Good Lord, that was a good story. Now I see why those who’ve seen it love it so strongly and urge others to give it a go. I’ll be joining that chorus. If you haven’t seen A Wife’s Credentials — hunt it down. I had to watch via dark sources. The picture was bad (small and grainy), the subbing got lazy (using, “I’m so busy,” when I could tell the character was actually listing out all the things keeping them busy), but it still managed to hit me in the heart and the gut and the head. (Spoilers through ep. 16 below.)
What surprised me the most is how feminist the drama is. It fiercely takes on the status-quo (powerful men as the center of the universe) and exposes how false, how weak and insubstantial and immoral and cruel, that status-quo is.
There’s a sequence of events in the last few episodes — perfectly shot and scripted and acted — that, to my mind, perfectly encapsulated exactly what the drama is getting at. The sister-in-law, Myung-jin, finally realizes her best friend is her husband’s mistress. As she walks through her friend’s apartment looking for her husband, he scrambles out the window and winds up hanging onto a drainpipe for dear life. She sees him, of course, and he ends up getting rescued by the fire department.
We watch the firetruck and ambulance pull out of the station, arrive at the apartment complex, get the cherry picker up and to the stuck husband (Hyun-tae). The time it takes for all this to happen, while the crowd grows and Hyun-tae wails, brings its own comedy and I was literally laughing out loud by the end. Hyun-tae is exposed as this total putz and it’s hilarious.
Then things shift. His father, a powerful and wealthy man, head of a large law firm, accepts Hyun-tae’s son. The mistress (an intelligent and ruthless woman who I actually admired, despite her callousness towards Seo-rae, because she worked the system so well) has managed to keep custody of her son, so Hyun-tae’s mistress is accepted by default. (This is my understanding of what went on, anyway. Again, the subs weren’t that detailed.)
Suddenly the putz becomes a tiger. He essentially warns his wife that she is subservient to him and needs to make sure he’s happy (i.e., accept his mistress) if she wants to continue receiving his monetary and social support. He tells Sang-jin, in no uncertain terms, that Sang-jin is the subservient one in their relationship. Which Sang-jin is forced to acknowledge because both he and his father are now dependent on Hyun-tae (or, more accurately, Hyun-tae’s father) for work.
There’s a certain amount of Schadenfreude to this. Sang-jin and his sister totally looked down on Seo-rae and it’s nice to see some turn-about. But it’s tainted because the set-down is coming from an established putz. One who leaves Teacher Hong out to dry — letting her go to prison despite his earlier promise to protect her. And we get a shot of his older daughter watch her grandfather embrace her newly discovered half-brother. So we see her realize that her place as heir-apparent — the one she’s been working so hard to be worthy of — has just been usurped.
The message is pretty clear. In this world, power is determined by wealth — nothing else. It’s men who control the money and thus, it’s men who have the power. Women can scramble after it, and possibly get a slice of the pie (as the mistress manages to do), but it’s the men who make the call in the end, and they can drop you as easily as they pick you up (as Hyun-tae does to Teacher Hong).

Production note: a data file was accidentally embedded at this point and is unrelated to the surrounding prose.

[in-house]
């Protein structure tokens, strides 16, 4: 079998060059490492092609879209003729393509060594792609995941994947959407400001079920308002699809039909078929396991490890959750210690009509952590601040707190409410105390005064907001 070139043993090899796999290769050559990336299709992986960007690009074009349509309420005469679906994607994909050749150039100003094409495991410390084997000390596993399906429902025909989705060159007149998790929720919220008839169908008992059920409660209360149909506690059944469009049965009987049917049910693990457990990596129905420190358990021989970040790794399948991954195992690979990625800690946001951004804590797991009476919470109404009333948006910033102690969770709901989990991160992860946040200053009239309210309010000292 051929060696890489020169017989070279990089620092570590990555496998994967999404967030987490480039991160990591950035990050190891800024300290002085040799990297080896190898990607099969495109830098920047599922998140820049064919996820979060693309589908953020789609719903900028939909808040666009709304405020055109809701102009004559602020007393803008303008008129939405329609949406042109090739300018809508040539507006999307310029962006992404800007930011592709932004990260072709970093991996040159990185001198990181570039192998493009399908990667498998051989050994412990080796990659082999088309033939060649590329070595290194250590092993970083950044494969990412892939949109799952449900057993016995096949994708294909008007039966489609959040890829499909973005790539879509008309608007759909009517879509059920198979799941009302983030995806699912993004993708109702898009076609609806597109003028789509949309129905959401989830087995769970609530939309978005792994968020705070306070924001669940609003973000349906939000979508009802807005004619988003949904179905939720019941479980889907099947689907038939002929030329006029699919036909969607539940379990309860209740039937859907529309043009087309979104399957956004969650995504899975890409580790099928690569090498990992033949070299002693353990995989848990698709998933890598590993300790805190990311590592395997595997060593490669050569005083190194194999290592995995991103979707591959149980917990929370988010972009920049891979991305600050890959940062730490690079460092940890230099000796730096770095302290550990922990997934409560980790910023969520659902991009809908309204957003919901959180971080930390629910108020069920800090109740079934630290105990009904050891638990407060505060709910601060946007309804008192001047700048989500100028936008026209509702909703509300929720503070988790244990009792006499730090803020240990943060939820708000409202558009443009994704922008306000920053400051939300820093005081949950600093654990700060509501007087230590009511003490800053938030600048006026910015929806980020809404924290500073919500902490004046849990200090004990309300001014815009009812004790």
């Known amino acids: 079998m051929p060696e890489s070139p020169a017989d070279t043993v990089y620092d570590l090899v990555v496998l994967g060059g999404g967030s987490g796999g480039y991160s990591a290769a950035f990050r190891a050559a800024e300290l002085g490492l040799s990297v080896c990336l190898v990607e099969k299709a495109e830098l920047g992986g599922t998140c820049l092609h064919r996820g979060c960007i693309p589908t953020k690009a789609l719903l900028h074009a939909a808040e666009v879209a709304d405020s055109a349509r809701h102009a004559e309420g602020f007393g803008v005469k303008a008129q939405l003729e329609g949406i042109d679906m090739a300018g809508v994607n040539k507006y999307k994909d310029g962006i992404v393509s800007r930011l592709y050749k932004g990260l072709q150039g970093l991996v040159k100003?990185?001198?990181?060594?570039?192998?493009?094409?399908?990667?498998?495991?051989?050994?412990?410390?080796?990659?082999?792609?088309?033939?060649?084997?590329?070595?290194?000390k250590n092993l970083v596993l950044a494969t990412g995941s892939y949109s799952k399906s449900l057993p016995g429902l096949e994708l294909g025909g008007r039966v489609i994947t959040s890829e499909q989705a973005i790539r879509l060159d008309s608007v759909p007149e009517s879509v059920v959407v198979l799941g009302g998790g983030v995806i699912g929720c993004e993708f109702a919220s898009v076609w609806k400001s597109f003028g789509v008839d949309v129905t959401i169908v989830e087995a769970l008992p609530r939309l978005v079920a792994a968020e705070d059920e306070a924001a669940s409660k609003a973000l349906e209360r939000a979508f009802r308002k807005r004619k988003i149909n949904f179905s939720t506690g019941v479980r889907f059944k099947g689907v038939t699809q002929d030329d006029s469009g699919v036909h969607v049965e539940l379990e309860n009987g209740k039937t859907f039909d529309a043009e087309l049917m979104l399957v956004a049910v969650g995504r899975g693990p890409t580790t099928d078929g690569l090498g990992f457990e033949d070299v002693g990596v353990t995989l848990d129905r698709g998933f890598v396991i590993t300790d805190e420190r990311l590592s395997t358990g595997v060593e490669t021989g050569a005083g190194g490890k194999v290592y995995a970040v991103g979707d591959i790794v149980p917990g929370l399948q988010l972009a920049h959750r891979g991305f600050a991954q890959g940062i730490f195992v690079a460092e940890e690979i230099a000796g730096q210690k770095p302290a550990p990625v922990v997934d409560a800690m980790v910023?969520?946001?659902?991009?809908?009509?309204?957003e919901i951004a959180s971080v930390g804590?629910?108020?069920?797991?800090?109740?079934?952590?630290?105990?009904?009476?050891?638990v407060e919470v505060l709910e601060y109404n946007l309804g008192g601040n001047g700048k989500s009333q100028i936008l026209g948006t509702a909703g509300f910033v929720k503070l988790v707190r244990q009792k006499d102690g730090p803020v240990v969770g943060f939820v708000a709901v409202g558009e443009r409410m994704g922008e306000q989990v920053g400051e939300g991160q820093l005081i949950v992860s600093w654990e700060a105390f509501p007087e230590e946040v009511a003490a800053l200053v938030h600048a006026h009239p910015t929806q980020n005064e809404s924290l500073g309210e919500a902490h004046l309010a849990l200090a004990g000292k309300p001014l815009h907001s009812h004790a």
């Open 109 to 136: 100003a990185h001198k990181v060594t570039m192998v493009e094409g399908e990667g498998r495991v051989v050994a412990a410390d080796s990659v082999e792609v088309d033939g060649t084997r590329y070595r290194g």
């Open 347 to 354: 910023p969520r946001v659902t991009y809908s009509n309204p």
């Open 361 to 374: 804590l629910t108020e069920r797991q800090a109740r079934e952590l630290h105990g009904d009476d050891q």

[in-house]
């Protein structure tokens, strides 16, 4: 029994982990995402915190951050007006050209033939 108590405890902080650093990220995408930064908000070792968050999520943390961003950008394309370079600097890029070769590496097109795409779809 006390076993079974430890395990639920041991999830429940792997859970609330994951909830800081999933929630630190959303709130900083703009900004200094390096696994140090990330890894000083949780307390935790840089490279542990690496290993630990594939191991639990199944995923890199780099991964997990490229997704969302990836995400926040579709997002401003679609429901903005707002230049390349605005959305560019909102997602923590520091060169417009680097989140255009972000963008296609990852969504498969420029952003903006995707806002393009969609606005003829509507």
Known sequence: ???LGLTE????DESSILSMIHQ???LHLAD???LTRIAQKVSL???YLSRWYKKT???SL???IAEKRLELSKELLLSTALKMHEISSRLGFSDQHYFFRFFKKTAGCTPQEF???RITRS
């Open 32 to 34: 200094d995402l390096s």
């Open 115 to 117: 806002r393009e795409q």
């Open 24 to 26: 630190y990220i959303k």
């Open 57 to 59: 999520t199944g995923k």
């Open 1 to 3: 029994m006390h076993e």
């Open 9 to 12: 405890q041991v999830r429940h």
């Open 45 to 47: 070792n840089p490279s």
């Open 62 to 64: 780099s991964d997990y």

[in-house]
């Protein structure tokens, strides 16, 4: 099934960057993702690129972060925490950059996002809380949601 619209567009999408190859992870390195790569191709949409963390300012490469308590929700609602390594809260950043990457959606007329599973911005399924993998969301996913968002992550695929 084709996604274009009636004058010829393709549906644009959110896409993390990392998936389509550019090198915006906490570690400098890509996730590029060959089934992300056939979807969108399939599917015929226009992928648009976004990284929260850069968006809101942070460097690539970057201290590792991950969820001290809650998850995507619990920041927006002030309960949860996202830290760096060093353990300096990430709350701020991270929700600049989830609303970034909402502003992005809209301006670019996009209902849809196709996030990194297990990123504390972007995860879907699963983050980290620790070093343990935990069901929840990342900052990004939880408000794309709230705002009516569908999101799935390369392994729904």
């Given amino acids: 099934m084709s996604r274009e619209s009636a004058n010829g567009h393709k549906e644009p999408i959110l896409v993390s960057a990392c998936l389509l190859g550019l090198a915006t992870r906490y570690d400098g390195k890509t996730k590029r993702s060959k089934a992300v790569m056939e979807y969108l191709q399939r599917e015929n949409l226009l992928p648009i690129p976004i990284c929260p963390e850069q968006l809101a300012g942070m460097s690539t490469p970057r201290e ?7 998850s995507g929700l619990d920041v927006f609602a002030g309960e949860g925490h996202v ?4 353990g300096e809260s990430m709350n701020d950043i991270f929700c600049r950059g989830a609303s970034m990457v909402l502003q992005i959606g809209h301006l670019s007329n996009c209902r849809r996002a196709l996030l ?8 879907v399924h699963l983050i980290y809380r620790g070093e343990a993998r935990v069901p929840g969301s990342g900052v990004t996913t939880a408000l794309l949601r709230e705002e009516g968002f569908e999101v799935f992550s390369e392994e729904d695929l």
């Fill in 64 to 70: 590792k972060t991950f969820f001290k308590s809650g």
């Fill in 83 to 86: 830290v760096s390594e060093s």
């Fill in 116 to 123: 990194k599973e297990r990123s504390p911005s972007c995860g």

But there is some hope. The final scenes show Seo-rae and Tae-oh on a bicycle ride. They separate because she wants to take her own route. He arrives at their destination first, per his text to her, but she is pushing on. The road is rocky and sometimes she has to get off her bike and walk it in some places, but the views are nice and she’s going to get there.
I loved that this is what we leave on. I feel like the drama is saying that the old system is too corrupt and ugly to bother reforming. Or to bother trying to succeed in. Because success there is never a sure thing — never a real thing. (If Hyun-tae’s family firm fails — which, can easily happen — he’s reduced to his natural putz state, just like what happened with Sang-jin.) That’s the secret Tae-oh knew — the game is an empty one without any real victory. His strength came from his refusal to take part in that world. It’s the life-saving advice he gives Seo-rae (the advice Teacher Hong ignored) — don’t try and beat these people at their game, just quit the game.
I think the sexual harassment case against Sang-jin fits into this narrative as well. The internal case is dropped; the male upper-management are happy to just let Sang-jin quit. We know that sexual harassment isn’t unique to Sang-jin because of what Seo-rae went through. So the old-boy’s club is obviously alive and well. But, Sang-jin did have to quit and the accusation is treated as a big deal. And the attorney (I think she was the company attorney, anyway) is planning to file a public case against him. There’s not an out and out victory — but the bike got pushed a little further up the road.
(Oh, how I wish the abused mom had managed to leave that life like Seo-rae did! That was a heartbreaking end to her story. I hoped, when we got that cut to her, face freshly bruised, that she was preparing to leave. Unfortunately, it was her son who decided he couldn’t take it anymore. And if that wasn’t a pointed warning… The drama delivered their message so, so well.)
I think it’s really kind of amazing that such a quiet story — one that feels so beautifully slice-of-life — manages to deliver such a whopping huge message. And that it does so while also giving us believable and warm characters that are so, so easy to get behind and love, and while giving us an uplifting and warm love story. I’m really impressed. (If this ever gets picked up by the legit streaming sites I am so re-watching it. It’ll be the perfect excuse!)